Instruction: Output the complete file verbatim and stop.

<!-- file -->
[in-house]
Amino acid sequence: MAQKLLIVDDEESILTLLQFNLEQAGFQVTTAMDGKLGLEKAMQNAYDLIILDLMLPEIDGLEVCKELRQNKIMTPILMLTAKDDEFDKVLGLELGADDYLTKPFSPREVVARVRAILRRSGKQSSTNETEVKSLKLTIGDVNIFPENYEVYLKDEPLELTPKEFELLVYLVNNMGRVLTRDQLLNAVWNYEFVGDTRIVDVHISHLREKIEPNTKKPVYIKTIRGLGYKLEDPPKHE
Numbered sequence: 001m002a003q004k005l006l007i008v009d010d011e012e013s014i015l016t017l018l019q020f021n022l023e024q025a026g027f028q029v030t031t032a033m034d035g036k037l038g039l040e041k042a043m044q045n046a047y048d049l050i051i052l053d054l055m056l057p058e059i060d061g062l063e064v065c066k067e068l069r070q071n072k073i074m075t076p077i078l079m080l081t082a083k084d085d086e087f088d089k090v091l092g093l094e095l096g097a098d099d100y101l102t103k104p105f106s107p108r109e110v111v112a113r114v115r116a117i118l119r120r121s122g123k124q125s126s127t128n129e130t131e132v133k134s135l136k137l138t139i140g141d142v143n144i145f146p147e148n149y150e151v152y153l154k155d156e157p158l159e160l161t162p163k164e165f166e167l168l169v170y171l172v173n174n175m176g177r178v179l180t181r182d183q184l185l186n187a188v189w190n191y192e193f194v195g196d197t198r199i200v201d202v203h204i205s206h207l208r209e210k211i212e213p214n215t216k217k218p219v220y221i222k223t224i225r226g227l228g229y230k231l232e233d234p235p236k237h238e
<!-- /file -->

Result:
[in-house]
Amino acid sequence: MAQKLLIVDDEESILTLLQFNLEQAGFQVTTAMDGKLGLEKAMQNAYDLIILDLMLPEIDGLEVCKELRQNKIMTPILMLTAKDDEFDKVLGLELGADDYLTKPFSPREVVARVRAILRRSGKQSSTNETEVKSLKLTIGDVNIFPENYEVYLKDEPLELTPKEFELLVYLVNNMGRVLTRDQLLNAVWNYEFVGDTRIVDVHISHLREKIEPNTKKPVYIKTIRGLGYKLEDPPKHE
Numbered sequence: 001m002a003q004k005l006l007i008v009d010d011e012e013s014i015l016t017l018l019q020f021n022l023e024q025a026g027f028q029v030t031t032a033m034d035g036k037l038g039l040e041k042a043m044q045n046a047y048d049l050i051i052l053d054l055m056l057p058e059i060d061g062l063e064v065c066k067e068l069r070q071n072k073i074m075t076p077i078l079m080l081t082a083k084d085d086e087f088d089k090v091l092g093l094e095l096g097a098d099d100y101l102t103k104p105f106s107p108r109e110v111v112a113r114v115r116a117i118l119r120r121s122g123k124q125s126s127t128n129e130t131e132v133k134s135l136k137l138t139i140g141d142v143n144i145f146p147e148n149y150e151v152y153l154k155d156e157p158l159e160l161t162p163k164e165f166e167l168l169v170y171l172v173n174n175m176g177r178v179l180t181r182d183q184l185l186n187a188v189w190n191y192e193f194v195g196d197t198r199i200v201d202v203h204i205s206h207l208r209e210k211i212e213p214n215t216k217k218p219v220y221i222k223t224i225r226g227l228g229y230k231l232e233d234p235p236k237h238e